Role of glucose-dependent insulinotropic polypeptide in adipose tissue inflammation of dipeptidylpeptidase 4-deficient rats
Disclosure: The authors declare that there is no duality of interest associated with this manuscript.
Author contributions: SBS, IZ, SF, LS and CV contributed to the experimental design, data collection, analysis and manuscript preparation. SBS, IZ, SF, LS, CV, AS, EMS, ZH, RO contributed to the manuscript preparation, data analysis and intellectual input. All the authors have approved the final version of the article.
Funding agencies: The studies were supported by a grant from the Israeli Society for the Study of Liver Disease to S.F.
Dipeptidyl peptidase 4 (DPP4) inhibitors, used in obese diabetic patients, reduce inflammation in several models. The role of chronic DPP4-deficiency (DPP4-) in diet-induced obesity with respect to insulin sensitivity and adipose tissue inflammation was investigated.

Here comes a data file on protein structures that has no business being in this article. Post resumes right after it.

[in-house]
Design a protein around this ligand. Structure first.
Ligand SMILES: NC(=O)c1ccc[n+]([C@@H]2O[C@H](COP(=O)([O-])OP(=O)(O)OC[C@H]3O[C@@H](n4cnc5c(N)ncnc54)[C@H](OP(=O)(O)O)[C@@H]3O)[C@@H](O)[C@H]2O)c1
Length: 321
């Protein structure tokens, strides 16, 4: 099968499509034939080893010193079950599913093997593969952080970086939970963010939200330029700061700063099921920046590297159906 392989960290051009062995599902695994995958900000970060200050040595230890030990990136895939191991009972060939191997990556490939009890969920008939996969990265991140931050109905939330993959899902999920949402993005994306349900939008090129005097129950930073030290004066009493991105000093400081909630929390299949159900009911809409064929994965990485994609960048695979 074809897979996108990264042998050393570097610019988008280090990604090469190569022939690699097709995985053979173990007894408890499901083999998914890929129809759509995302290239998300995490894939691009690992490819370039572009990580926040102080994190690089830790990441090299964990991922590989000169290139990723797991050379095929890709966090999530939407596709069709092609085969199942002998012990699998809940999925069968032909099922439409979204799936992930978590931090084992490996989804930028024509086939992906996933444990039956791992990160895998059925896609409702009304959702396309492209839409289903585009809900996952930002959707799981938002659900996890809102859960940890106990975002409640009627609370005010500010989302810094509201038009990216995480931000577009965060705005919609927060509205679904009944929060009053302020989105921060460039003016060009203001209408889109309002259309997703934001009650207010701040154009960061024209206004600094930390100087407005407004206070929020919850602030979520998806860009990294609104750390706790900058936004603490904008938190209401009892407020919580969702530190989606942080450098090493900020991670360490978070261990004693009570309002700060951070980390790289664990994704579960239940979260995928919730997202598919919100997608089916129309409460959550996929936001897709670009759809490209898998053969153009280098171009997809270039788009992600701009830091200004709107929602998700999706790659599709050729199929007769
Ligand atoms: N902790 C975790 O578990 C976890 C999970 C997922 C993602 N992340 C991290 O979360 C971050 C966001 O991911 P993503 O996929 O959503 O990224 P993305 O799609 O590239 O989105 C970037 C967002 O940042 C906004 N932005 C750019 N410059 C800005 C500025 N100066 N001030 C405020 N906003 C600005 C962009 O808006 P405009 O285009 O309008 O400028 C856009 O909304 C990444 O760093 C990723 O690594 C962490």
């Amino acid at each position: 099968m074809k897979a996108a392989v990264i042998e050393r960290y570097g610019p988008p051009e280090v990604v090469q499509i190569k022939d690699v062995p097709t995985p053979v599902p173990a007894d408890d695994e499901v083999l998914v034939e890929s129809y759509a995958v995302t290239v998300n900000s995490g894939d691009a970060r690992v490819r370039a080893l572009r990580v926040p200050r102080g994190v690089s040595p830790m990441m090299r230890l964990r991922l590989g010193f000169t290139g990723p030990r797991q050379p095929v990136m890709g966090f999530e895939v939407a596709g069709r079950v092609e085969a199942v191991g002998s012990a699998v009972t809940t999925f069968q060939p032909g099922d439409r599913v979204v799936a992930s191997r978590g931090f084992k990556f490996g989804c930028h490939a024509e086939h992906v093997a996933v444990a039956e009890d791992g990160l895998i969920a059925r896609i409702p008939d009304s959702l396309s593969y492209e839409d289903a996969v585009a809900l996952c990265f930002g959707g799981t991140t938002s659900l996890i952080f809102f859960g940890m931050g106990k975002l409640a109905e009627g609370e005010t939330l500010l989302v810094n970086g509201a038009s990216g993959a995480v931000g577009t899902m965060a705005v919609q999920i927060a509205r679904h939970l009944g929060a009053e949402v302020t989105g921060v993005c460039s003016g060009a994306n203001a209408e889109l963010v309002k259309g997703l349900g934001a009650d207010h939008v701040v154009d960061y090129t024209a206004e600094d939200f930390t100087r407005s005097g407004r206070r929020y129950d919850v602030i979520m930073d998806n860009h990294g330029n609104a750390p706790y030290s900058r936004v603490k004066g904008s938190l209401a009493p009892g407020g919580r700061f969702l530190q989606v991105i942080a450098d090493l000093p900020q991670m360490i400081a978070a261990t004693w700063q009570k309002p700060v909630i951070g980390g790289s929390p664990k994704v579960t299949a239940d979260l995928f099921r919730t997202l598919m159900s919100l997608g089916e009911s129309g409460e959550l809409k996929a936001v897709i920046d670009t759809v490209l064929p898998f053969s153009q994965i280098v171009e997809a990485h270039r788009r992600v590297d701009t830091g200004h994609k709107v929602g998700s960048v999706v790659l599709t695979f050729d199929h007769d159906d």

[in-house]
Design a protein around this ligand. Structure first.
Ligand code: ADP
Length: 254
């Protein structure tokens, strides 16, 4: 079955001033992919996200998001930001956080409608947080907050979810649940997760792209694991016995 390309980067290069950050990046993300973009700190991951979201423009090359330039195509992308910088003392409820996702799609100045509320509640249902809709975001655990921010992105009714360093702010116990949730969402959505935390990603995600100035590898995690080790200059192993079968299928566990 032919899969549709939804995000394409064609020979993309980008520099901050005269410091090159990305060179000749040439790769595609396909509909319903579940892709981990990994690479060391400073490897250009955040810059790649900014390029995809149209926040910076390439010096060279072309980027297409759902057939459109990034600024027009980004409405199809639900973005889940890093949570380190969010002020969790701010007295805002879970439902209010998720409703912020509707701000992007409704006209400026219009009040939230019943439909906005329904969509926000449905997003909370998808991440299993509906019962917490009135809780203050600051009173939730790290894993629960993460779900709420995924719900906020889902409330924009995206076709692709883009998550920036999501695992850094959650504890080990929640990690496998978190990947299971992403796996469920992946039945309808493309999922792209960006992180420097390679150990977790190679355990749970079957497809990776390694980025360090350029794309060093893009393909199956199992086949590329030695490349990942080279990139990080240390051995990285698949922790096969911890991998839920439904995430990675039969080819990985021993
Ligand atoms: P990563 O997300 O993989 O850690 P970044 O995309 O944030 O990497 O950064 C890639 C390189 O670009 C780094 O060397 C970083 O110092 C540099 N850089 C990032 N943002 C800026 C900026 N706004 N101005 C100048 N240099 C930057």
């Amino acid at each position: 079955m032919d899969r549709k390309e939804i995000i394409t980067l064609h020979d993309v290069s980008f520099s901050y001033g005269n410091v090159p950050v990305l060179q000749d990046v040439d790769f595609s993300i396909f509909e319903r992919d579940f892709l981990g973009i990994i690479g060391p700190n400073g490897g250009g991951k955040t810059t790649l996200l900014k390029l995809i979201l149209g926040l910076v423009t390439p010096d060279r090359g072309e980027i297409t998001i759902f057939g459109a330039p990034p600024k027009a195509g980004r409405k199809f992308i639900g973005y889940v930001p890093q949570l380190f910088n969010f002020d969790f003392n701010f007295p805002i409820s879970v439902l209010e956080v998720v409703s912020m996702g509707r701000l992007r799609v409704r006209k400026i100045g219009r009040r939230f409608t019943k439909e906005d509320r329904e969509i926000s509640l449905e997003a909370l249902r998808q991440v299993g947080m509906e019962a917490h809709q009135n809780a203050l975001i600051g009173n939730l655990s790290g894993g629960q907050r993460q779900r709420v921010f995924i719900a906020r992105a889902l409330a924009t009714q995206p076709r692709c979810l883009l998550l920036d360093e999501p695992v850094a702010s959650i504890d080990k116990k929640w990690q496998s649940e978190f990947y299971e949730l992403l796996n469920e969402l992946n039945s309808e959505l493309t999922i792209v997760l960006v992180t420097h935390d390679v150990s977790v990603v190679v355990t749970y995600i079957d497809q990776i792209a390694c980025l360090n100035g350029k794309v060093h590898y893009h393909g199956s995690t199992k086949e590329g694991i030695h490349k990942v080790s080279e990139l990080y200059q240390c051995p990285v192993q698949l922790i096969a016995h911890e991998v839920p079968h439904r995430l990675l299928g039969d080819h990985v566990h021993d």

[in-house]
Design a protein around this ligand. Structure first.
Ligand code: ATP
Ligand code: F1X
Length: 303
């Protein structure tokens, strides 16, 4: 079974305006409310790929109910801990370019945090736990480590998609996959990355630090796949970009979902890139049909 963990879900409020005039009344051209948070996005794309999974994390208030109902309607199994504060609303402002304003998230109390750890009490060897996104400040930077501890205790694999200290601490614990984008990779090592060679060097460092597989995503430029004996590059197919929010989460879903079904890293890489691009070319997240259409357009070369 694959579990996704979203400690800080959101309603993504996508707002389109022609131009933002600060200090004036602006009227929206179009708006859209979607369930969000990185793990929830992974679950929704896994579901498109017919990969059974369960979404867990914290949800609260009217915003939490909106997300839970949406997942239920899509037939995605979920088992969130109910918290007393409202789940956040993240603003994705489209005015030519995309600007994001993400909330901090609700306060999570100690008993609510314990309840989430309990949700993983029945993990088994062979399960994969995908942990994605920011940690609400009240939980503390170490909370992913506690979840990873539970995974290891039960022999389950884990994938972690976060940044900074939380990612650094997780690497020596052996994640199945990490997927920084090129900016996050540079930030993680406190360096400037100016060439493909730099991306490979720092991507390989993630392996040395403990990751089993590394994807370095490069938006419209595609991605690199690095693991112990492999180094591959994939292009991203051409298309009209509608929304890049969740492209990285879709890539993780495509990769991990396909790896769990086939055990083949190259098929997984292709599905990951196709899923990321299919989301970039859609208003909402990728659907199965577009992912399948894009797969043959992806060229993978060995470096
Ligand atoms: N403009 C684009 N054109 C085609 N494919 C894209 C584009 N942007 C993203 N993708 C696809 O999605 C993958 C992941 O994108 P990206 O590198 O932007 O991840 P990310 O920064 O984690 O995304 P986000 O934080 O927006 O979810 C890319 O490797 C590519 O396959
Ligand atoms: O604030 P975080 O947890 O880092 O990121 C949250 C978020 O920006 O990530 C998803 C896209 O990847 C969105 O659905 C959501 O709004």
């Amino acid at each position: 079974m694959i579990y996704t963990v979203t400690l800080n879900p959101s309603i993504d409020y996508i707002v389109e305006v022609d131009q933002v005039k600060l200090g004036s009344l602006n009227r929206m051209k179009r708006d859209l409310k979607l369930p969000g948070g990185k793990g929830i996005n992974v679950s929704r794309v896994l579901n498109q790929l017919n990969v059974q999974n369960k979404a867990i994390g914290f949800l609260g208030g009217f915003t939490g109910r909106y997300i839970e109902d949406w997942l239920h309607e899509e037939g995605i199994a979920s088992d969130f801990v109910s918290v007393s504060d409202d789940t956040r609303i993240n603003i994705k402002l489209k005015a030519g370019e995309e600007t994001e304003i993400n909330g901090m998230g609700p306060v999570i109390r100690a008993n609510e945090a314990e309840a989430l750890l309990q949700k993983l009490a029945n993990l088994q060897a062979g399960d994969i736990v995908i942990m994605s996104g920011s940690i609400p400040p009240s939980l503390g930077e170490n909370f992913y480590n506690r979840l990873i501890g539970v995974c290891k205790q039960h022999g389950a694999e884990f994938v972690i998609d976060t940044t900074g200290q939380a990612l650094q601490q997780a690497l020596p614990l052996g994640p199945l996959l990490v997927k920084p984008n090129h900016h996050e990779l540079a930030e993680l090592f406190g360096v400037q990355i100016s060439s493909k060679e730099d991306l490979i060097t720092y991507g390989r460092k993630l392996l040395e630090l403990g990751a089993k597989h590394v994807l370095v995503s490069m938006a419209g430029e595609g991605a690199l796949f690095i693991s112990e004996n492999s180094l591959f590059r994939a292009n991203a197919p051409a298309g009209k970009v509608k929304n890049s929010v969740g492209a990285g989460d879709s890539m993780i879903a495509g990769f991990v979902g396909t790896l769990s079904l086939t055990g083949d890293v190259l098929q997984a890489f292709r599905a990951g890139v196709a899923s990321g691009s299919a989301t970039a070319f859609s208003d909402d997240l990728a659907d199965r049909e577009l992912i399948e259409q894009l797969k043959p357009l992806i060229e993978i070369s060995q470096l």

Design and Methods
Insulin resistance was induced by 2 months high fat diet (HFD). In vitro effects of glucose-dependent insulinotropic polypeptide (GIP) were assessed in adipose tissue explants and stromal vascular fraction (SVF).
HFD-fed DPP4-rats gained significantly more weight and visceral fat mass, yet were more insulin sensitive. Adipose tissue of DPP4- rats demonstrated increased adipocyte maturation and increased expression of enzymes involved in triglyceride uptake and synthesis, yet increased adiponectin mRNA, reduced mRNA of proinflammatory cytokines and reduced vascular adhesion molecules, suggesting reduced inflammation. In vitro and in vivo experiments explored the role of GIP in inducing this phenotype. Indeed, we demonstrated that GIP directly enhanced adiponectin expression in rat and human adipose tissue explants and in SVF. Lastly, GIP administration to normal or HFD-fed rats elevated serum adiponectin and improved their glucose tolerance test.
In a HFD model, DPP4-rats exhibited reduced adipose tissue inflammation and improved insulin resistance, which may be mediated in part by GIP induction of adiponectin.